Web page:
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For those of you who wish to use Icarus Verilog, in combination with
the Xilinx back end (Foundation or Alliance), it can be done. I have
run some admittedly simple (2300 equivalent gates) designs through this
setup, targeting a Spartan XCS10.
Older versions of Icarus Verilog (like 19990814) couldn't synthesize
logic buried in procedural (flip-flop) assignment. Newer versions
(like 20000120) don't have this limitation.
Procedural assignments have to be given one at a time, to be
"found" by xnfsyn. Say
always @ (posedge Clk) Y = newY;
always @ (posedge Clk) Z = newZ;
rather than
always @ (posedge Clk) begin
Y = newY;
Z = newZ;
Steve's xnf.txt covers most buffer and pin constructs, but I had reason
to use a global clock net not connected to an input pin. The standard
Verilog for a buffer, combined with a declaration to turn that into a
BUFG, is:
buf BUFG( your_output_here, your_input_here );
I use post-processing on my .xnf files to add "FAST" attributes to
output pins.
Running ivl:
The -F switches are important. The following order seems to robustly
generate valid XNF files, and is used by "verilog -X":
-Fsynth -Fnodangle -Fxnfio
Generating .pcf files:
The ngdbuild step seems to lose pin placement information that ivl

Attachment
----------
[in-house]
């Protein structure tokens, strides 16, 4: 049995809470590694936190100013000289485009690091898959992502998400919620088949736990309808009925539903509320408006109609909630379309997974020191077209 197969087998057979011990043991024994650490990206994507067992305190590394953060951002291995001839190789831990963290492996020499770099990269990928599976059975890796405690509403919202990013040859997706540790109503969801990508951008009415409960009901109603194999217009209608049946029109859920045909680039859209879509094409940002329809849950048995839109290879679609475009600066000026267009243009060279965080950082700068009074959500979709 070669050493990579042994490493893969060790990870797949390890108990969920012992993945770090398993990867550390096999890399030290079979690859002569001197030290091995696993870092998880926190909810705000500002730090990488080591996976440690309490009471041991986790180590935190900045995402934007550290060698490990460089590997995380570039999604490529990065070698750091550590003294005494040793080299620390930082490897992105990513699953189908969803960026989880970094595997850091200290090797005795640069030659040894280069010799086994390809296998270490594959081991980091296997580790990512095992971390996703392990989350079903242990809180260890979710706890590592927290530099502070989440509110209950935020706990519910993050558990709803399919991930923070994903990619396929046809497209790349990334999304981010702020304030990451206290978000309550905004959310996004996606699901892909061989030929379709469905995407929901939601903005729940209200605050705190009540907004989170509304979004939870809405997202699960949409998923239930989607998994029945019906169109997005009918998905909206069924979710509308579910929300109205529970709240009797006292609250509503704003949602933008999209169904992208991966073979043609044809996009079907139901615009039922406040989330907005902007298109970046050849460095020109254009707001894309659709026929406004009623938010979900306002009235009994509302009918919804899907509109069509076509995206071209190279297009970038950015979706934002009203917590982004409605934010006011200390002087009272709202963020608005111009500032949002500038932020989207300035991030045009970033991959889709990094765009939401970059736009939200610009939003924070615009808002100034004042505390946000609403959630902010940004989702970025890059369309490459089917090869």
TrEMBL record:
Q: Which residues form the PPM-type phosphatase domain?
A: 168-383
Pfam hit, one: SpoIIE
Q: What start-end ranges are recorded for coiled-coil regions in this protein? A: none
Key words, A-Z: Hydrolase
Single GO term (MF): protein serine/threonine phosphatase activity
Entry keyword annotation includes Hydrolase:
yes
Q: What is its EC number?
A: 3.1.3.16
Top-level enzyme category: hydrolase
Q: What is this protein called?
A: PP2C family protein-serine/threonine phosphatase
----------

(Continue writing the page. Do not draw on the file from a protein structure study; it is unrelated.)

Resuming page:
puts in the XNF file. Use xnf2pcf to extract this information to
a .pcf file, which the Xilinx place-and-route software _will_ pay
attention to. Steve says he now makes that information available
in an NCF file, with -fncf=<path>, but I haven't tested that.
Running the Xilinx back end:
You can presumably use the GUI, but that doesn't fit in Makefiles :-).
Here is the command sequence in pseudo-shell-script:
ngdbuild -p $part $1.xnf $1.ngd
map -p $part -o map.ncd $1.ngd
xnf2pcf <$1.xnf >$1.pcf # see above
par -w -ol 2 -d 0 map.ncd $1.ncd $1.pcf
bitgen_flags = -g ConfigRate:SLOW -g TdoPin:PULLNONE -g DonePin:PULLUP \
-g CRC:enable -g StartUpClk:CCLK -g SyncToDone:no \
-g DoneActive:C1 -g OutputsActive:C3 -g GSRInactive:C4 \
-g ReadClk:CCLK -g ReadCapture:enable -g ReadAbort:disable
bitgen $1.ncd -l -w $bitgen_flags
The Xilinx software has diarrhea of the temp files (14, not including
.xnf, .pcf, .ngd, .ncd, and .bit), so this sequence is best done in a
dedicated directory. Note in particular that map.ncd is a generic name.
I had reason to run this remotely (and transparently within a Makefile)
via ssh. I use the gmake rule
%.bit : %.xnf
ssh -x -a -o 'BatchMode yes' ${ALLIANCE_HOST} \
remote_alliance ${REMOTE_DIR} $(basename $@) 2>&1 < $<
and the remote_alliance script (on ${ALLIANCE_HOST})
cd $1
cat >! $2.xnf
xnf2pcf <$2.xnf >! $2.pcf
./backend $2
There is now a "Xilinx on Linux HOWTO" at
I havn't tried this yet, it looks interesting.
I use the XESS ( XSP-10 development board, which
uses the PC parallel (printer) port for downloading and interaction
with the host. They made an old version of their download program
public domain, posted it at ,
and now there is a Linux port at .
The above hints are based on my experience with Foundation 1.5 on NT
(gack) and Alliance 2.1i on Solaris. Your mileage may vary. Good luck!
- Larry Doolittle <> August 19, 1999
updated February 1, 2000
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